Insects, or creepy-crawlies generally, can be quite scary. Especially en masse. Think of cockroaches, or locusts, or bees. It’s something about the bittiness of them, the impersonal nature of their advance, their unstoppability even when you kill some of them.

So an insect attack is quite a good subject or device in a horror story.

But better still is to think yourself, as an author, into the insect world itself.

I’m not a great one for reading horror stories; they elicit emotions in me that I prefer not to exercise. But I did read a story a long time ago that had someone waking up suspended by a butcher’s hook and lacking limbs. It gave me the heebee-geebees and still does.

And yet that’s more-or-less exactly what happens to grubs paralysed and imprisoned in clay ‘pots’ by certain wasps (potter wasps) in order to feed their young.

If you think about it, even the loss of individuality within a swarm (or flock or colony) is scary in itself. Imagine sacrificing yourself totally to the greater good of your hive, as a bee, to the extent that you deny your own reproductive capabilities and work your fingers to the bone only to be cast out when you’re past your best.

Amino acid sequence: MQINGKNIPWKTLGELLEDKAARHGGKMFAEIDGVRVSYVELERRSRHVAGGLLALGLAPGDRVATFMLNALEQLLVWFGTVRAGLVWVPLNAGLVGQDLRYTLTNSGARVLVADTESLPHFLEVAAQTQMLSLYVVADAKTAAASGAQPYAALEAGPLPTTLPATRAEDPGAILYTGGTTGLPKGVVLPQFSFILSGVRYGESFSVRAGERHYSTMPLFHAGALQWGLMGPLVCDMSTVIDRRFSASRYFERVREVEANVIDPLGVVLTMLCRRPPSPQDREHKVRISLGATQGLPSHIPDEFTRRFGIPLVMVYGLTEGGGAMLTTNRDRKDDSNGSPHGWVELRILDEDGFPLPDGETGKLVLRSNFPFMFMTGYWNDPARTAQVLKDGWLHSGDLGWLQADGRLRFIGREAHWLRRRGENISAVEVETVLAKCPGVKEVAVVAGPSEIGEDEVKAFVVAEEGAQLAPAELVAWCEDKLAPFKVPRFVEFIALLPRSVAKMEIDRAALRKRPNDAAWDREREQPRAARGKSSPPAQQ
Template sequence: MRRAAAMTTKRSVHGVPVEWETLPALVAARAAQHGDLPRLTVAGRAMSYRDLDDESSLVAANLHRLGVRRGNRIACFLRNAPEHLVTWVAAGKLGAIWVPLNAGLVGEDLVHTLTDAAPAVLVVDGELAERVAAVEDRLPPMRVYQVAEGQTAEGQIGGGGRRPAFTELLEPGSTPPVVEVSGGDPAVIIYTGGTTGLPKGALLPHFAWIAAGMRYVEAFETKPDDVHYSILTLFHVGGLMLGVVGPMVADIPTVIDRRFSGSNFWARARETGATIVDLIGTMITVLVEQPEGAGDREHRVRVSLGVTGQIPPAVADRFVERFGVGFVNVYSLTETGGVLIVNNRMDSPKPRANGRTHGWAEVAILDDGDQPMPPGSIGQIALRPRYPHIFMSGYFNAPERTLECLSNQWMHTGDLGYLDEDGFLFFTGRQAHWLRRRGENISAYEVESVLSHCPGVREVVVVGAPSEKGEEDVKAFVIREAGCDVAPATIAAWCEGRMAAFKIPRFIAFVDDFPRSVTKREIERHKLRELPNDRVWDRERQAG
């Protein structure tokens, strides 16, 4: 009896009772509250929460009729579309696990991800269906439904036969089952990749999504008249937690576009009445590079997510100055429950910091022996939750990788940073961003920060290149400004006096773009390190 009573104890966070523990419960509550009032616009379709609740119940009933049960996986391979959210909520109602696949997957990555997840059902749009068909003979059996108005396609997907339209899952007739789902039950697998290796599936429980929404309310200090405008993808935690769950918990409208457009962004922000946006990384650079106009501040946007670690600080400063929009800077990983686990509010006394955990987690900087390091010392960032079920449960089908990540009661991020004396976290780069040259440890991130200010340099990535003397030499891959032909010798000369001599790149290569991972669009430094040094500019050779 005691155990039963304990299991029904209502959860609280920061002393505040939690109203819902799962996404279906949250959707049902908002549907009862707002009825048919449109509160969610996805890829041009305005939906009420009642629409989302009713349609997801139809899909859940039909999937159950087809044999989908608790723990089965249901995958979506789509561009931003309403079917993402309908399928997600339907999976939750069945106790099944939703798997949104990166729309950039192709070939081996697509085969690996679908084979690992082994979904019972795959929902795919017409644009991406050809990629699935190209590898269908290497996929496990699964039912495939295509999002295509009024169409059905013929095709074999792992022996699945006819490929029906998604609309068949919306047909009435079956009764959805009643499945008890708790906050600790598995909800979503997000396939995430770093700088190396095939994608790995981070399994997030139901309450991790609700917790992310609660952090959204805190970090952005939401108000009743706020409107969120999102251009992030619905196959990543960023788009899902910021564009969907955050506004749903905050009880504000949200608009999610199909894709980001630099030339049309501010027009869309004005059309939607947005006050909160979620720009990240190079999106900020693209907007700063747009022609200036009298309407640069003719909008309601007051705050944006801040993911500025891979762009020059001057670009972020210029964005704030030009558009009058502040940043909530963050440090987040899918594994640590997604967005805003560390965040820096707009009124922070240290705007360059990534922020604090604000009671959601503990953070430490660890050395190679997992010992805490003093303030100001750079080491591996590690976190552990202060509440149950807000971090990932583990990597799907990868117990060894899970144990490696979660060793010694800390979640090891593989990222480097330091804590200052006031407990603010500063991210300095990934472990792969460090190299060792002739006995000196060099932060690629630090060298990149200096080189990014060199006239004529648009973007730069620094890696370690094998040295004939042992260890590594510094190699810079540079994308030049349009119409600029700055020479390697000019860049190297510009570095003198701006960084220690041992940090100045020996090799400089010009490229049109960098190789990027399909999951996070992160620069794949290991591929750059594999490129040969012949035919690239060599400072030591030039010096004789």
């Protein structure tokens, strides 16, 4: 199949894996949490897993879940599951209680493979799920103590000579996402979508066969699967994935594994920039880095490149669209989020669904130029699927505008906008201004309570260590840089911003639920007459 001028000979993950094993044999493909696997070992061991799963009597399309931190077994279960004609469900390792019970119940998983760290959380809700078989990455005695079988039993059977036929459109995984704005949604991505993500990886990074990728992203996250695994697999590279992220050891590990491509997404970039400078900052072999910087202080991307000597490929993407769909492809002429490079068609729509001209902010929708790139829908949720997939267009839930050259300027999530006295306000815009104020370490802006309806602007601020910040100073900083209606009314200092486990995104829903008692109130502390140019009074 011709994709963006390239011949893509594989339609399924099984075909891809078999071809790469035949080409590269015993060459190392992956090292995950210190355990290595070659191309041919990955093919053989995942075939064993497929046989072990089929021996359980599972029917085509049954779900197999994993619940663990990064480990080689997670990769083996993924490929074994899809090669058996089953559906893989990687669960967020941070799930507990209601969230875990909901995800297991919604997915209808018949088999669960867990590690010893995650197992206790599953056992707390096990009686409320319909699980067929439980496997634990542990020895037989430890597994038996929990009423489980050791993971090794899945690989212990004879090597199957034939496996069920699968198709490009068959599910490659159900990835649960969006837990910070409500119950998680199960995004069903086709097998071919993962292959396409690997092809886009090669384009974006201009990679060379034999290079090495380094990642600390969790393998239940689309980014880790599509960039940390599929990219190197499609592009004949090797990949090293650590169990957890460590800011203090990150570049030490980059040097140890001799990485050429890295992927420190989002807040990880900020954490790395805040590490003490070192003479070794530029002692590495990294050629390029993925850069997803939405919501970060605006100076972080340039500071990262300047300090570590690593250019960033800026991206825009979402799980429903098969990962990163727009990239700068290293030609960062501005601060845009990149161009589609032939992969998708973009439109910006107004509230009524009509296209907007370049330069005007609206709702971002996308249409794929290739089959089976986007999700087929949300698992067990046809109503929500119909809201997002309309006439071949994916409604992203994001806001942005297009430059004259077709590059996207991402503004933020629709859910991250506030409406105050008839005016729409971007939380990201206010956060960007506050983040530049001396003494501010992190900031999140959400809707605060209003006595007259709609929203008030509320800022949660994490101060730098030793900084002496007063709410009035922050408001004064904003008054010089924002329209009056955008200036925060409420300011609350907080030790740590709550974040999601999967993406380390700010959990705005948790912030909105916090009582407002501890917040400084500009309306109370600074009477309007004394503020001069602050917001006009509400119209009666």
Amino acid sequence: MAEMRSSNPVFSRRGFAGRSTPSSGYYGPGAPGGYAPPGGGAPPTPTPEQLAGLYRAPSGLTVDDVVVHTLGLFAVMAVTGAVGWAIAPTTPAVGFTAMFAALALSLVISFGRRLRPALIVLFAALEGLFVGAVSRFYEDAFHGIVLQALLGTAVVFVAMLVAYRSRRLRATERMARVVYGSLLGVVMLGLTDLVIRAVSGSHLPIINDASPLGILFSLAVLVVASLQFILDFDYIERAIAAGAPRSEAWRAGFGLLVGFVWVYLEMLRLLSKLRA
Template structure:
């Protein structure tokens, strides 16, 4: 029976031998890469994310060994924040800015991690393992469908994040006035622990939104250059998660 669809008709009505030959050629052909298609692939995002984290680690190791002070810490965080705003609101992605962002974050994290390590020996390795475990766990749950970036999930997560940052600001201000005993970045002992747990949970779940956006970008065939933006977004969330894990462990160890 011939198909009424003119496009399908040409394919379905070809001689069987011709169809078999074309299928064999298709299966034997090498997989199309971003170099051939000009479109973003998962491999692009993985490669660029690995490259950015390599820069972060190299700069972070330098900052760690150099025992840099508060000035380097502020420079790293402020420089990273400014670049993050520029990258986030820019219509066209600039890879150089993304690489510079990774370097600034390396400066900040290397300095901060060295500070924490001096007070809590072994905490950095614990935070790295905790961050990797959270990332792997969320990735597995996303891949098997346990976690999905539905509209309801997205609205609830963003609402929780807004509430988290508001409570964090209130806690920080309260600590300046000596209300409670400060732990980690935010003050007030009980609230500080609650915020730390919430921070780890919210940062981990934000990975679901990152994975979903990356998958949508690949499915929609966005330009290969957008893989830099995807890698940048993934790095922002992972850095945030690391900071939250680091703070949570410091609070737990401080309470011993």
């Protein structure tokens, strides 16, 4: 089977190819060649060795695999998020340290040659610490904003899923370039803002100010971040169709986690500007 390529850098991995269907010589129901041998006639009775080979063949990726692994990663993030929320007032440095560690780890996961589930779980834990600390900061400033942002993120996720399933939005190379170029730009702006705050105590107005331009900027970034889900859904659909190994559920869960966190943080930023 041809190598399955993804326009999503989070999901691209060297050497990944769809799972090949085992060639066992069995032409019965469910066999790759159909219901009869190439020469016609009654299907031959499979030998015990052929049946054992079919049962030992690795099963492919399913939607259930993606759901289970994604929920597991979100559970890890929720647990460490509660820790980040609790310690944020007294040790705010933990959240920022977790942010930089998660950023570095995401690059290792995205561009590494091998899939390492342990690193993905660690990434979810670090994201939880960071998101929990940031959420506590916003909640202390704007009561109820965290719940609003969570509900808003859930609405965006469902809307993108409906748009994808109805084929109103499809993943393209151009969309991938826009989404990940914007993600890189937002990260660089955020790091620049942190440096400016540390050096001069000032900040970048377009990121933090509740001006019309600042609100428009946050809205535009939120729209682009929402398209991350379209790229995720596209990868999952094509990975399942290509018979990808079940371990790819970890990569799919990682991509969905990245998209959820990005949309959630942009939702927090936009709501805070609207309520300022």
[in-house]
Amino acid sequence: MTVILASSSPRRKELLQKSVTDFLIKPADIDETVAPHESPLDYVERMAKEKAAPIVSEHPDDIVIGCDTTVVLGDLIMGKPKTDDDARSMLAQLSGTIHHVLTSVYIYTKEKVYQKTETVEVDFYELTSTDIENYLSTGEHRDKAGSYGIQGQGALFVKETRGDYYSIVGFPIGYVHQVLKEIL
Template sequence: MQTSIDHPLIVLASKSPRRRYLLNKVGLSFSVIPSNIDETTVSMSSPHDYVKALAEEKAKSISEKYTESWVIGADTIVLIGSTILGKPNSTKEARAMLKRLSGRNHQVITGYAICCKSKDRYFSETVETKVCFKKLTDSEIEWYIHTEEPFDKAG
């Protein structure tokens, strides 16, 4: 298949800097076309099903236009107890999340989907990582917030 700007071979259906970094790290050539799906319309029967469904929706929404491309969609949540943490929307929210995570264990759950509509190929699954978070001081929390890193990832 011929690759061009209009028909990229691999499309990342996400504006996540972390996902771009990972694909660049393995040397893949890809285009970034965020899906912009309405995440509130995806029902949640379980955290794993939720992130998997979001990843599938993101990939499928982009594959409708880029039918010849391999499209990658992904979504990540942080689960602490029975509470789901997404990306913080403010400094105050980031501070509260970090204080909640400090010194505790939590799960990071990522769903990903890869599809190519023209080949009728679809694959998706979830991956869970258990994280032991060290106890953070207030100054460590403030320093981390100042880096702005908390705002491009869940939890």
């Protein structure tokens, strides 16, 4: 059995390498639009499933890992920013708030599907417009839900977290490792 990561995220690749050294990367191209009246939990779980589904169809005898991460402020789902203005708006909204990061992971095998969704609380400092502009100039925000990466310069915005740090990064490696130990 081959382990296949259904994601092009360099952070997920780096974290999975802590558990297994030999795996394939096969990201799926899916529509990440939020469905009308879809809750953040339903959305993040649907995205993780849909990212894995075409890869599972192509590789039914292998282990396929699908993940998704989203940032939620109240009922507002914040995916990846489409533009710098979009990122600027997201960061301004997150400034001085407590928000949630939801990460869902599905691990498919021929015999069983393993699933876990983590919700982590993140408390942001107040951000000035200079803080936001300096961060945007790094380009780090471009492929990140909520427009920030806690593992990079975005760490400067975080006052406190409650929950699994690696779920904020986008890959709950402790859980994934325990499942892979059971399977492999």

Come to think of it, this could be the inspiration for more than just a horror story …

From the tool store

The 'tool store'

The ‘tool store’

This is a photo of where I write from – a ‘tool store’ attached to a farmhouse in Umbria, Italy. The shadow is of a big oak tree. Through the big window you can just see a white dog.

I can’t say it’s necessarily my first choice of a place to provide inspiration.  A tiny tower reached by a spiral stone staircase and with a 360 degree view of the sea would do nicely. I once had a College room whose window gave right onto a river and that wasn’t bad…

I have this idea that total peace and quiet is most conducive to writing but it’s not always the case, not even for me. Silence can be intimidating, sterile even. On the other hand a hubbub of traffic or children or uncongenial music can stop you hearing yourself think.

It’s really a matter of each writer finding ‘their own bag’.

Is it, for example, helpful to have bare walls and a clear desk, or a clutter of nick-nacks and photos? Do you work best in bed? Does solitude foster your productivity or do you get more done surrounded by the life and movement of strangers in a café?

It’s quite brilliant that modern technology allows such choices, so where circumstances allow, we should throw away preconceived ideas and create, to the best of our ability, the ideal environment.